However, perhaps the most exuberant testimony of all came from the periodical Air and Travel in which, under an illustration of B1AE racing along a country road, the magazine gushed, “Imagine the best sports car you have ever driven, add something to its performance, and let every aspect of its running be carried out in complete silence and with Rolls-Royce smoothness, and that is as near as you will get to an appreciation of the 3½-litre Bentley without having tried one.”

Best of both worlds

A vintage car is parked on a snowy road, combining the best of both worlds.
The first production Derby Bentley, B1AE, earned the model rapturous reviews
Experience the best of both worlds with the interior of a vintage car featuring plush leather seats and a classic leather-wrapped steering wheel.
B1AE’s 1933 interior
A vintage car is parked on a snowy road, offering the best of both worlds with its classic black exterior.
The 3½-litre’s open sports tourer body
An old black car parked in front of bushes, offering the best of both worlds.
The Olympia Show Bentley 4¼-litre
The best vintage car is parked in front of lush green bushes.
The 1936 colour scheme, a “special tone of green”
The world's best antique car with green leather seats.
The showcar sports its original internal fixtures and fittings

The show stopper

As the company’s display model for the Olympia Show, 1936 Bentley 4¼-litre All Weather Sports Tourer W7BM has an illustrious history. Carrying features such as bonnet louvres extended to the scuttle, P100 headlamps and a special petrol tank, at the show it bore the plate “4255CC”, signifying the engine capacity for the new Derby Bentley model. It was registered DLD 273 for the road a month later in November 1936.

The car’s sales particulars describe it as follows: “An attractive four-door, four-light All Weather by Messrs. Vanden Plas. Separate adjustable bucket front seats, folding centre arm rest to rear seat squab. Front screen to open, sun visors, Hunts direction indicators. Dual windscreen wipers with remote motor. Cubby hole in dash with door. Ash trays. Rear boot with lid folding to form additional platform.” Its original colours were: “Exterior finished in special tone of green. Mottled fawn leather upholstery. Fawn hood material. Walnut woodwork.”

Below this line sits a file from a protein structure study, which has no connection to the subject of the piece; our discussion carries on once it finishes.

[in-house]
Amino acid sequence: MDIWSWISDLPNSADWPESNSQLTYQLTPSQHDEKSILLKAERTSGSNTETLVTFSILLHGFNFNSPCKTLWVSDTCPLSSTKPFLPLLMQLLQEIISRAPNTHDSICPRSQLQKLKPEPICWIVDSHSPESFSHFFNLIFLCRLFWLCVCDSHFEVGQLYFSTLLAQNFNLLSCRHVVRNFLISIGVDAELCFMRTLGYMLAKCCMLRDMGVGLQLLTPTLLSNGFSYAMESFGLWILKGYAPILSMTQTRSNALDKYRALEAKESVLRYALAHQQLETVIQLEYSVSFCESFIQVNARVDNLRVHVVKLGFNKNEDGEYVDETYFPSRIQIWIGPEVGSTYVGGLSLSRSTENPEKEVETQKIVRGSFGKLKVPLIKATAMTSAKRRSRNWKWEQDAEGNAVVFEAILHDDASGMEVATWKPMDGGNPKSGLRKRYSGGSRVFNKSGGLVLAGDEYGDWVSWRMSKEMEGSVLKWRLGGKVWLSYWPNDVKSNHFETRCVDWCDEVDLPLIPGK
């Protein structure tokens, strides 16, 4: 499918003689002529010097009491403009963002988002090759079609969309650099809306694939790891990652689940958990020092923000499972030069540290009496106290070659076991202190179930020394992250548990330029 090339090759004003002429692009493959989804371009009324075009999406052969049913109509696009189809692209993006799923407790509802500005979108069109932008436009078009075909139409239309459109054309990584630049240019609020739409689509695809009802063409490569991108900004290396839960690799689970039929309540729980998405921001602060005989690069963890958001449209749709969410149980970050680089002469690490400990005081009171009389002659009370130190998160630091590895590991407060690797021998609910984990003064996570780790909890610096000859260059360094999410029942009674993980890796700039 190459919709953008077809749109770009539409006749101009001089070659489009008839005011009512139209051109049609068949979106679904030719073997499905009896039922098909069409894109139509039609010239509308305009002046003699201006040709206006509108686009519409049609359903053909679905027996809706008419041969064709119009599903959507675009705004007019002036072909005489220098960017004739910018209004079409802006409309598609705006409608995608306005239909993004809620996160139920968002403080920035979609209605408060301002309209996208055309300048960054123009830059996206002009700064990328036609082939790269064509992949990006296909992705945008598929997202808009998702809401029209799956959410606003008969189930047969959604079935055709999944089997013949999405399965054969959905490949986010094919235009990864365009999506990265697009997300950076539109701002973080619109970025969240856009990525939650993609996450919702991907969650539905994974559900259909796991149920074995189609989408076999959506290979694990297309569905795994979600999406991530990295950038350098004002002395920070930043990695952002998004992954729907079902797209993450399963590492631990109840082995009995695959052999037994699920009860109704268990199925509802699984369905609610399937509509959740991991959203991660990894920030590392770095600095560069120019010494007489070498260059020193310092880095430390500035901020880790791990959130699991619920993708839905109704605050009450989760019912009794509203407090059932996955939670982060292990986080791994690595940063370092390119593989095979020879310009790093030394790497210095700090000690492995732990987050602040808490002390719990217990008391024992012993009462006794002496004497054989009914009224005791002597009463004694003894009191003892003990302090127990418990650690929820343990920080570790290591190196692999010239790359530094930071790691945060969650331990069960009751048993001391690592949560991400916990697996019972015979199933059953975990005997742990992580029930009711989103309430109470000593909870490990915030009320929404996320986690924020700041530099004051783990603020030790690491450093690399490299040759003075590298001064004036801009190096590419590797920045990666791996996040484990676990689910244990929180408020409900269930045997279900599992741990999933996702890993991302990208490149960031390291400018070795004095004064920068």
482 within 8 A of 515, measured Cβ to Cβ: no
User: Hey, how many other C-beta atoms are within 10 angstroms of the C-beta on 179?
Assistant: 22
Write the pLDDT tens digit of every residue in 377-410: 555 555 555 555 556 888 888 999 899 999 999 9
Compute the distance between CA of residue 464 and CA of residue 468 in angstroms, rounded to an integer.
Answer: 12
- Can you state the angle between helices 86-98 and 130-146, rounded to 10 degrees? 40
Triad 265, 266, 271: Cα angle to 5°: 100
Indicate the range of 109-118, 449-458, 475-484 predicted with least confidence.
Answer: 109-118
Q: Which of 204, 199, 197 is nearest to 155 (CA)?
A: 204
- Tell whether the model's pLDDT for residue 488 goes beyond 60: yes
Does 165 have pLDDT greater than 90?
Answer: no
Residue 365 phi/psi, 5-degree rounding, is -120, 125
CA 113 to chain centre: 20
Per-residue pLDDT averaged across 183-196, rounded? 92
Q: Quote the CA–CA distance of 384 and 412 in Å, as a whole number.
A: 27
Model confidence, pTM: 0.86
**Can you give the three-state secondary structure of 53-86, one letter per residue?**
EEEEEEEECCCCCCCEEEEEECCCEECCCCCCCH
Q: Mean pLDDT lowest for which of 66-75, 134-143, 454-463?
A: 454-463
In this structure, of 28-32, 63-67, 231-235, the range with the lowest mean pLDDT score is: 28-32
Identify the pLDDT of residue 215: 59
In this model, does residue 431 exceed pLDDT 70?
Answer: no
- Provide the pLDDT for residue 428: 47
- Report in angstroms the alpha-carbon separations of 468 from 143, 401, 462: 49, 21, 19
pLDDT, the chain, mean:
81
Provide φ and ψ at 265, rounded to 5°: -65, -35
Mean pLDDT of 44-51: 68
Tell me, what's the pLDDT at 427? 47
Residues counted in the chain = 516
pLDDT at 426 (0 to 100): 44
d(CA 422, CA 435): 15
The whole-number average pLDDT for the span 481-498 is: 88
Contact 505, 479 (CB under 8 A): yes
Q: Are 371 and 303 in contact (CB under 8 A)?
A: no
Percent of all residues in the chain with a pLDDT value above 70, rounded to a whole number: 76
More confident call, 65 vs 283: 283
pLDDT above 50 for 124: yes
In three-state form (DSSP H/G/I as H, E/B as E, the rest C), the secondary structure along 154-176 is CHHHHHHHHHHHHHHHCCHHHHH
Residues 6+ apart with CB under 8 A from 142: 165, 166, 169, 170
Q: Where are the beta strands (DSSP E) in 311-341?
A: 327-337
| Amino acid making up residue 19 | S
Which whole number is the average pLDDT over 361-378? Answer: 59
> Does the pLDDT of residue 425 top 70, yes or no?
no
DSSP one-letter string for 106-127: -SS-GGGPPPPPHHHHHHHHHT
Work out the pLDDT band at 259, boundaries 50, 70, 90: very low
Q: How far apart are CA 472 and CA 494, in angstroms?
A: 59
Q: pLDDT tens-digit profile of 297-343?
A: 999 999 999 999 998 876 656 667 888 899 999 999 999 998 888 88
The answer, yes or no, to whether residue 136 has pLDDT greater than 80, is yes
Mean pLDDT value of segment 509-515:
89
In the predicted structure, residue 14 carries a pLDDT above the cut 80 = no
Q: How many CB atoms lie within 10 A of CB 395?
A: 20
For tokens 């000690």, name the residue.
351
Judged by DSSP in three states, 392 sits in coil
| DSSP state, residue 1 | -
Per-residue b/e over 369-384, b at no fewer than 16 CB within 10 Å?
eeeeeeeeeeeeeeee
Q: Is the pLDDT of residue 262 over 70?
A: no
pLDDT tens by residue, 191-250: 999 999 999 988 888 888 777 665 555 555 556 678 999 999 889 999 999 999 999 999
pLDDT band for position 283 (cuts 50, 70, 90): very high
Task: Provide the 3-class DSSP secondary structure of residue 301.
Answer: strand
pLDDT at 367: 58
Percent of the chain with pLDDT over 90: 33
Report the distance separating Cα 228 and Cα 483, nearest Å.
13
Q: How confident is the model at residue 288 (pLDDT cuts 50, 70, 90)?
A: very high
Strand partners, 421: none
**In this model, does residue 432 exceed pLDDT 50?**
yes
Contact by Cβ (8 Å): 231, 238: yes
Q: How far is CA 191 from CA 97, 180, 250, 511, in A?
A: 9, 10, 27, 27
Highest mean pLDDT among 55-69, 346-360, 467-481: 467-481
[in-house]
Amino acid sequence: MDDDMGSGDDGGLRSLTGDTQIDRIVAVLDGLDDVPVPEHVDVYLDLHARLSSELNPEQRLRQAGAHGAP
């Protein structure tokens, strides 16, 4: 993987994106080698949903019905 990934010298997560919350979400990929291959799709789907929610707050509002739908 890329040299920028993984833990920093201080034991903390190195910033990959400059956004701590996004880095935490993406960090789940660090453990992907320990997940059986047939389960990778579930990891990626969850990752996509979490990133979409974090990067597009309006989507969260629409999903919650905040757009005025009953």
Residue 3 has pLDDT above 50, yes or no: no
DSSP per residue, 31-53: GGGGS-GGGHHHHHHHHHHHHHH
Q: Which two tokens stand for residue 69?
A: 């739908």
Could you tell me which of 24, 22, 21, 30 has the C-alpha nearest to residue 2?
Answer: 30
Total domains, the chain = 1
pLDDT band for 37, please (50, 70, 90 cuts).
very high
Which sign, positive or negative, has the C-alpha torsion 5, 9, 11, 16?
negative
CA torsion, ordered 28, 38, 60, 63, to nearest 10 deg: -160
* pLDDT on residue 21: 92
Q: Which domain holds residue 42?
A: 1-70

The showcar has appeared at countless concours events since it first took the stand at Olympia, winning prizes and admirers in equal measure.

“Imagine the best sports car you have ever driven, add something to its performance … and that is as near as you will get to an appreciation of the 3½-litre Bentley”

The interior of a car with the best steering wheel.
A close up of the hood ornament of both a silver car.
A silver car parked in front of a house, offering the best of both worlds.
B28MR carries a more recent interior
The Flying B mascot
With original “High Vision” side-windows and distinctive glazed roof

The restored masterpiece

With its 4¼-litre engine and overdrive gearbox, B28MR carries owner-driver sports saloon coachwork by HJ Mulliner and features distinctive glazed roof panels and deep side-windows in the “High Vision” style.

B28MR was completed in October 1938 and exhibited on HJ Mulliner’s stand at that year’s Earls Court Motor Show. In 1974, the car was imported into South Africa and, in the 1990s, it underwent the first of two extensive restorations. Works carried out included a respray in its current livery (two-tone grey metallic and silver), a new interior in pale grey Connolly hide, Wilton carpeting and grey West of England cloth, and a complete electrical rewire. It went on to win a concours prize at the South African Rolls-Royce and Bentley Owners’ Club show in 2005.

More recently, the 4¼-litre overdrive Derby Bentley had a full mechanical service and refurbishment, including overhauls of its gearbox, suspension, steering, cooling and one-shot lubrication systems, restoring it to its display-quality (if not original) glory.

Photography and research provided courtesy of Bonhams. For more information go to www.bonhams.com.